According to their characteristics, there are three basic classes of aggregation: conjunction•, tradeoff•, and di•func tionl. Dubois and Prade (Dubois & Pra.de. 1084) have shown that Triangular norms (Tnorms), averaging operators, and Triangular conorms (Tconorms) are the most general families of binary functions that respectively satisfy the require ments or the conjunction, tradeoff, and disjunction operators. Tnorms and Tconorms are twoplace functions from [0, 1]x[O, 1] to [0, 1] that are monotonic, commutative and associative. Their corresponding boundary conditions satisfy the truth tables oC the logical AND and OR operators. Averaging operators are � mmetric and idempotent but are not associ ative. They do not have a corresponding logical operator since, on the [0,1J interval, they are located between the con junctions and the disjunctions. The generalizations of conjunctions and disjunctions play a vital role in the management of uncertainty in expert sys tems: they are used in evaluating the sa.tisCaction of premises, in propagating uncertainty through rule chaining, and in consolidating the same conclusion derived Crom different rules. More specifically, they provide the answers to the following questions:  When the premise is composed of multiple clauses, how can we aggregate the der;ree of certainty ;r. of the facts match ing the clauses of the premise! i.e. what is the function T(:r 1, . . ., :rn) that determines :r , the dtgree of certainty or P the premise! When a. rule does not represent a logical implication, but rather a.n empirical association between premise and conclu sion, how can we aggregate the degree of satisfaction or the premise ;r with the strength or the association 'r! i.e. what is the function G(zp' �� that propagates the uncertainty through ttfe rule!  When the same conclusion is established by multiple rules with various degrees of certainty If1, . . . , If , how can we aggregate these contributions into a final degree of certainty! i.e. what is the function 8(111, . . ., If ) th'llt consolidates m the certainty or that conclusion! The Collowing three subsections describe the axiomatic definitions of the conjunction, disjunction, and negation operators.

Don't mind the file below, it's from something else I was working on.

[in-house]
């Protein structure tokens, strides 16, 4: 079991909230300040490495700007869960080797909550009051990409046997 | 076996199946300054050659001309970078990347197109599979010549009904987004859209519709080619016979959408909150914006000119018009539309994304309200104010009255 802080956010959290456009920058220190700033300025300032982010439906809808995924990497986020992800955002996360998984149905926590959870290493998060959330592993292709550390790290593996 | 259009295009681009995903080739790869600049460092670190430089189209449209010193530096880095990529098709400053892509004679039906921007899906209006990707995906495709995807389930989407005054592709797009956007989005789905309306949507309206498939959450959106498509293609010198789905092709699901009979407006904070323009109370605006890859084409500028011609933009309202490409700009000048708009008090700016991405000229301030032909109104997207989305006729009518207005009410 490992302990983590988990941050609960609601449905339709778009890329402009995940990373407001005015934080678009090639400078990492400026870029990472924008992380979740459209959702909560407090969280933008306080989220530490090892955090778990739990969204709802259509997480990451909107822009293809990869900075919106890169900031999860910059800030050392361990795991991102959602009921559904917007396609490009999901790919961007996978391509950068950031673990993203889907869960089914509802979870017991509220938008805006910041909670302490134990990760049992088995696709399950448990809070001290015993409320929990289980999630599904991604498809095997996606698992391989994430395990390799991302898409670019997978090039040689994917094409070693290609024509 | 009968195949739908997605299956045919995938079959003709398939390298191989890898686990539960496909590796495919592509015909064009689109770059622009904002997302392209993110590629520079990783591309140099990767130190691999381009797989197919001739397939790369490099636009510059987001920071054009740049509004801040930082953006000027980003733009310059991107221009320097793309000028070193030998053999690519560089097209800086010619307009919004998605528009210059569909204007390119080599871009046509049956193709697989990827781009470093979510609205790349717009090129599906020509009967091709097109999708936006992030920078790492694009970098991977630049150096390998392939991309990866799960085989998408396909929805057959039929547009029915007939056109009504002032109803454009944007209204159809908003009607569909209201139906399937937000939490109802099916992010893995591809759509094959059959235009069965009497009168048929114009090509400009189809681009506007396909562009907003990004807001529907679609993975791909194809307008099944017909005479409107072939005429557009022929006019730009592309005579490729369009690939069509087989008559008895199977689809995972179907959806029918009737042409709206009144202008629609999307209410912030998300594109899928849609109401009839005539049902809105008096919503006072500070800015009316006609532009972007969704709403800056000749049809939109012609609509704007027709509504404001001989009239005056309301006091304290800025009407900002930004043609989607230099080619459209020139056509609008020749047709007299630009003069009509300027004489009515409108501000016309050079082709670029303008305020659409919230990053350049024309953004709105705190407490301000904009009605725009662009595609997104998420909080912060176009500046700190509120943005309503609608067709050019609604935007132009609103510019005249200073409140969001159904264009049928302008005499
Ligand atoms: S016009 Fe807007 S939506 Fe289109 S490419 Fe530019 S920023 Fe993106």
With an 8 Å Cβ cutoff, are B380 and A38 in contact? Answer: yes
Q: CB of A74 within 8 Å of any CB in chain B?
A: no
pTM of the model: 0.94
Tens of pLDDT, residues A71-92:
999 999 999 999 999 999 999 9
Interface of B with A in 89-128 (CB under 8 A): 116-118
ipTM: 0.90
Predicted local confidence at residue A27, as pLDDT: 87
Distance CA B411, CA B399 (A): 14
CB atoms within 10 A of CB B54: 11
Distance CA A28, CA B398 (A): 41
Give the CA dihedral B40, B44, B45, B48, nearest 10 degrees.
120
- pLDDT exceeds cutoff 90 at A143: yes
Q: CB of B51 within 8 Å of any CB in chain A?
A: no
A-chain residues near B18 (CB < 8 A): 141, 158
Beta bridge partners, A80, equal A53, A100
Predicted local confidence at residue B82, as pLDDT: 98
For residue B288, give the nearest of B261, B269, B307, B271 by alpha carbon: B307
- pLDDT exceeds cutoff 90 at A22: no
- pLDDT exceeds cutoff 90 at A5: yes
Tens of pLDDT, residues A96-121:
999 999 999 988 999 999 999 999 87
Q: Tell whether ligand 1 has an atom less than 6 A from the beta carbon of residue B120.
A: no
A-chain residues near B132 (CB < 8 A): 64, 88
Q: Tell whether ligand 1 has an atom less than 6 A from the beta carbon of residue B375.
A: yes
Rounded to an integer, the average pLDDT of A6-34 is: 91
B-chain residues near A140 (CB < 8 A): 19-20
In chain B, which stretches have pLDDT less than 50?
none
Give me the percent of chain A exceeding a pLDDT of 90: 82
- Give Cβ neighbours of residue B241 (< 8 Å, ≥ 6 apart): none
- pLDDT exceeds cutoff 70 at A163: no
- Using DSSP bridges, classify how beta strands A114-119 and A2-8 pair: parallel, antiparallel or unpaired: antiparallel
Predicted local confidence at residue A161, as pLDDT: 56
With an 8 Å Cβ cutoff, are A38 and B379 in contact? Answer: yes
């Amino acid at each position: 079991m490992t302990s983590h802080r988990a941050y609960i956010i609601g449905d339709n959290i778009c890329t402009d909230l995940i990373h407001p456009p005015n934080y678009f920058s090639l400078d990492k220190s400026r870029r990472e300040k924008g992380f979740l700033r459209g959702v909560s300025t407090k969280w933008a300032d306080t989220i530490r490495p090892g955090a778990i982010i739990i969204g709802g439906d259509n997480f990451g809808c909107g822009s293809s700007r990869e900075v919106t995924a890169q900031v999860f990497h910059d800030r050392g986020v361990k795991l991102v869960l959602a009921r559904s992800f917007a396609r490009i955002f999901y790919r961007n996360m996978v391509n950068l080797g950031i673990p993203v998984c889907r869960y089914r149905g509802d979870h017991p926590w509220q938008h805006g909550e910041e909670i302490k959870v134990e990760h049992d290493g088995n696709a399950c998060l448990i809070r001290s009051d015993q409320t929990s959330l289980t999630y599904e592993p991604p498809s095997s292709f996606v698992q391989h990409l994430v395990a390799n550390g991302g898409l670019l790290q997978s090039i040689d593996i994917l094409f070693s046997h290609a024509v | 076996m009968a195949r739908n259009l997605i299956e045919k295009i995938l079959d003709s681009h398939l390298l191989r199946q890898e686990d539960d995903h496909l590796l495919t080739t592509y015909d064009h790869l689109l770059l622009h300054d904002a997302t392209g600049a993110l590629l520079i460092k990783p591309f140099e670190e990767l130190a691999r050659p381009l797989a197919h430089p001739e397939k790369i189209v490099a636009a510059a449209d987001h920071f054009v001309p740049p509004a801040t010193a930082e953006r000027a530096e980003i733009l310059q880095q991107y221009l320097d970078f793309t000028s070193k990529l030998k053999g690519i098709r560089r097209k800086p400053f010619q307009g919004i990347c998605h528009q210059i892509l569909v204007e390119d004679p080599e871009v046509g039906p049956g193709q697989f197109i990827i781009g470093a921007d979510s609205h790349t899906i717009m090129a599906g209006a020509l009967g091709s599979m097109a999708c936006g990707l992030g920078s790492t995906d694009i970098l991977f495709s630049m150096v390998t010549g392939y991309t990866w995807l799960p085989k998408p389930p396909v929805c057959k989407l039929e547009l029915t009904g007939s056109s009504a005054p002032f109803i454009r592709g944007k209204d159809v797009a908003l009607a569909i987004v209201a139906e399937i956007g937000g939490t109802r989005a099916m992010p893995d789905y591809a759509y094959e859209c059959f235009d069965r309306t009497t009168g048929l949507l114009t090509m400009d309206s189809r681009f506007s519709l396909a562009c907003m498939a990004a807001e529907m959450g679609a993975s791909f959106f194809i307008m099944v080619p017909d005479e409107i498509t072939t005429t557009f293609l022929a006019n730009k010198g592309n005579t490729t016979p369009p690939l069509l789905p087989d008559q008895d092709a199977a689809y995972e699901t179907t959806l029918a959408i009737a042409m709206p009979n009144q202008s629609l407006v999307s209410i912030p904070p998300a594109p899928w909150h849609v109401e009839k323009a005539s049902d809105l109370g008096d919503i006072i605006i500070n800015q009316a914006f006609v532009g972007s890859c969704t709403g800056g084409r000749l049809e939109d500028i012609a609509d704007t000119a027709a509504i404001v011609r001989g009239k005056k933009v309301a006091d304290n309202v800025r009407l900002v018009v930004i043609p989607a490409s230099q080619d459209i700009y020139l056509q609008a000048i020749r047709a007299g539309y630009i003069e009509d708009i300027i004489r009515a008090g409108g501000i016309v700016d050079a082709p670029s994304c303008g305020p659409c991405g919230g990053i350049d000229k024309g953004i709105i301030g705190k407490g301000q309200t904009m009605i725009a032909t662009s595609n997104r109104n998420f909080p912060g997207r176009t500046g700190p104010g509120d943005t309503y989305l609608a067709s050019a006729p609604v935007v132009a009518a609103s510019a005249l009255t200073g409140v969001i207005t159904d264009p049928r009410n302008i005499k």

.